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Arizona Board of Regents implements new policy to lock in tuition rates

ABOR will limit how much universities can raise tuition costs for the next six years

ABOR Stock Illu.png

The Arizona Board of Regents held a hearing for tuition proposals and opened up comments to the public. 

To improve access to higher education and increase the predictability of its costs, the Arizona Board of Regents enacted a plan to estimate and limit tuition increases. It's a step in the transition to setting tuition as far as six years in advance, rather than as a year-by-year approval process. 

At an executive board meeting on ASU's Tempe campus on Feb. 9, ABOR voted 8-1 to approve a new policy that will lock in the growth rate for increases in tuition and fees for six years starting in the 2024-25 academic year. Tuition for the 2023-24 academic year will be enacted through the same policy as in past years, which happens on a year-to-year basis.

Executive director of ABOR, John Arnold said this new policy provides transparency about tuition and fees for students and their families to properly plan for the future.

"The proposed policy is intended to create clear predictability for students and their families regarding the tuition that they will pay over the course of their college journeys by setting multiple-year maximum increases rather than making a year-to-year tuition determination," Arnold said at the meeting.

According to the ABOR meeting agenda, the growth rate will be revisited in the fourth year of each six-year cycle for a potential revision to extend the cycle for another four years. Tuition for both 2023-24 and the locked rate for 2024-25 and beyond will be decided in April 2023. 

ABOR is also moving meetings and announcements of tuition from the spring to the fall every year in order to increase cooperation and communication with the state legislature and to have a more flexible policy with the money that higher education receives from the state. 

The first locked-in rate for tuition and fee increases will be announced in Dec. 2023. This date also applies to housing and dining rate increases.

ASU, NAU and UA will be working with student governments and stakeholders before submitting the proposals to ABOR. The three university presidents will each present a plan to ABOR on November 15 of each year and will need to have consulted elected student leaders and members of the public before presenting their tuition and fee proposals.

The policy also says any new academic fees must be approved by ABOR before being enacted. The new policy also says undergraduate nonresident and international tuition cannot exceed four times the resident tuition rates.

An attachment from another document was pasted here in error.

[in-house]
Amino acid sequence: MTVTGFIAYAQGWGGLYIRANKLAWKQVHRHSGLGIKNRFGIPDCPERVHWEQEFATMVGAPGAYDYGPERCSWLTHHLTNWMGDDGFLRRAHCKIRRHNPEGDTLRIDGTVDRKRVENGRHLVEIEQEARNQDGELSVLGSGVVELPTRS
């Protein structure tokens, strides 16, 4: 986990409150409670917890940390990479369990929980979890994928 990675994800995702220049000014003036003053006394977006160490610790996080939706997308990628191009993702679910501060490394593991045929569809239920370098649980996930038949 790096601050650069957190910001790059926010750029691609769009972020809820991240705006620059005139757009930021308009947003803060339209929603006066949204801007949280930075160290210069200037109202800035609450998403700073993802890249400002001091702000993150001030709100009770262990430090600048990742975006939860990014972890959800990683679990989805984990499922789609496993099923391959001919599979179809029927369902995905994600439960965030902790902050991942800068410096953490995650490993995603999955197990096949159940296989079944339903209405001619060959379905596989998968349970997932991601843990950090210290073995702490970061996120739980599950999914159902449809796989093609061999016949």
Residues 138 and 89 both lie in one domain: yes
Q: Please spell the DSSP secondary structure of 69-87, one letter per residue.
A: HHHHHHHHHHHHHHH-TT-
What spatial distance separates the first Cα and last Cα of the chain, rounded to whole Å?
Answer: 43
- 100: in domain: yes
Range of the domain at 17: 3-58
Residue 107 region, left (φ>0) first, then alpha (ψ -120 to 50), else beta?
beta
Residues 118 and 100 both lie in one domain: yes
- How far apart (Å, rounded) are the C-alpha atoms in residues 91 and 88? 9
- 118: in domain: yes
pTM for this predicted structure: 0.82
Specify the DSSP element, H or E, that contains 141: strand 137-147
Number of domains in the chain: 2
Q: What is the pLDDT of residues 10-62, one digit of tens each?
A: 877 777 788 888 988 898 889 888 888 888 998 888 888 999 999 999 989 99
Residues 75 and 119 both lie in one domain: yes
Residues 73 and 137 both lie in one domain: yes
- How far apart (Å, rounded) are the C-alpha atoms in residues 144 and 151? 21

These are welcome changes for students, who have seen tuition prices rise over the last decade. Last academic year, ASU President Michael Crow proposed a 2.5% increase in tuition for on-campus resident students, a 4% increase for non-resident students and a 5% increase for international students.

READ MORE: ASU tuition increase approved for the 2022-23 school year

"We'll be looking at what the specific tuition and fees for next year will be, as well as the maximum amount that ABOR will consider allowing them to grow in future years," said Brad Kendrex, the vice president and chief financial officer of ABOR.

The universities will not be allowed to exceed the maximum suggested price increases without approval from the board but can charge tuition and fees under the maximum locked-in rate.

The new tuition policy aligns with Gov. Katie Hobbs' goals for making high education more accessible in Arizona. In her State of the State address Hobbs said, "we must continue to improve access to these institutions for higher learning."

"Arizona's universities are incredible resources for our state’s residents and Governor Hobbs is committed to improving access to them," said Josselyn Berry, a spokesperson for Hobbs' office in an email. 

The governor's office is willing to work with ABOR and the legislature to "ensure Arizona's higher education opportunities are the best in the nation," according to Berry.

Edited by Shane Brennan, Piper Hansen, Jasmine Kabiri and Caera Learmonth.

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